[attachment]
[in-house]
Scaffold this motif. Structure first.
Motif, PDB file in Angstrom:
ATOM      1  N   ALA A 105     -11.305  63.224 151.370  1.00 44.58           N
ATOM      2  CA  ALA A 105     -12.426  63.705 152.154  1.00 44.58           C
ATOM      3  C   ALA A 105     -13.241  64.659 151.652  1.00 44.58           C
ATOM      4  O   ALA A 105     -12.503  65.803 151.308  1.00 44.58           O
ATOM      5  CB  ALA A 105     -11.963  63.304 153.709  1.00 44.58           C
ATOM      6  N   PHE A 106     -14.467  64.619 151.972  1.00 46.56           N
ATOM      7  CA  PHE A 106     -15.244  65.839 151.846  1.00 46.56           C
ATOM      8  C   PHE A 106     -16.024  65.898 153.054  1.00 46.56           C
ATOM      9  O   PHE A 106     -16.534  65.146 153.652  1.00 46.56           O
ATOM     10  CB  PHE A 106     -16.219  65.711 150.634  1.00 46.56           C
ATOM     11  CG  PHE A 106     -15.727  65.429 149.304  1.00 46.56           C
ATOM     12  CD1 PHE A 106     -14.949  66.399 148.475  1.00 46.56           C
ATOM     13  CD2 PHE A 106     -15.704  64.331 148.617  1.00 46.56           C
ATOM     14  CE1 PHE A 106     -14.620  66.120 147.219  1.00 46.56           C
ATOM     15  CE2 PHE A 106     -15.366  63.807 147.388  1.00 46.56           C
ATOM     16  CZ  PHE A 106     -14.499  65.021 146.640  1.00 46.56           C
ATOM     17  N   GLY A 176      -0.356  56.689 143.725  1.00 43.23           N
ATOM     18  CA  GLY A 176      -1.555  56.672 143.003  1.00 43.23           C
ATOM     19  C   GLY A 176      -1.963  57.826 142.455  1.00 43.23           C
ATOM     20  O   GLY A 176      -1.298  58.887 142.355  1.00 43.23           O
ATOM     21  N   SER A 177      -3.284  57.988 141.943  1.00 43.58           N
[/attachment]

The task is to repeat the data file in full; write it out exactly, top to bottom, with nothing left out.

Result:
[in-house]
Scaffold this motif. Structure first.
Motif, PDB file in Angstrom:
ATOM      1  N   ALA A 105     -11.305  63.224 151.370  1.00 44.58           N
ATOM      2  CA  ALA A 105     -12.426  63.705 152.154  1.00 44.58           C
ATOM      3  C   ALA A 105     -13.241  64.659 151.652  1.00 44.58           C
ATOM      4  O   ALA A 105     -12.503  65.803 151.308  1.00 44.58           O
ATOM      5  CB  ALA A 105     -11.963  63.304 153.709  1.00 44.58           C
ATOM      6  N   PHE A 106     -14.467  64.619 151.972  1.00 46.56           N
ATOM      7  CA  PHE A 106     -15.244  65.839 151.846  1.00 46.56           C
ATOM      8  C   PHE A 106     -16.024  65.898 153.054  1.00 46.56           C
ATOM      9  O   PHE A 106     -16.534  65.146 153.652  1.00 46.56           O
ATOM     10  CB  PHE A 106     -16.219  65.711 150.634  1.00 46.56           C
ATOM     11  CG  PHE A 106     -15.727  65.429 149.304  1.00 46.56           C
ATOM     12  CD1 PHE A 106     -14.949  66.399 148.475  1.00 46.56           C
ATOM     13  CD2 PHE A 106     -15.704  64.331 148.617  1.00 46.56           C
ATOM     14  CE1 PHE A 106     -14.620  66.120 147.219  1.00 46.56           C
ATOM     15  CE2 PHE A 106     -15.366  63.807 147.388  1.00 46.56           C
ATOM     16  CZ  PHE A 106     -14.499  65.021 146.640  1.00 46.56           C
ATOM     17  N   GLY A 176      -0.356  56.689 143.725  1.00 43.23           N
ATOM     18  CA  GLY A 176      -1.555  56.672 143.003  1.00 43.23           C
ATOM     19  C   GLY A 176      -1.963  57.826 142.455  1.00 43.23           C
ATOM     20  O   GLY A 176      -1.298  58.887 142.355  1.00 43.23           O
ATOM     21  N   SER A 177      -3.284  57.988 141.943  1.00 43.58           N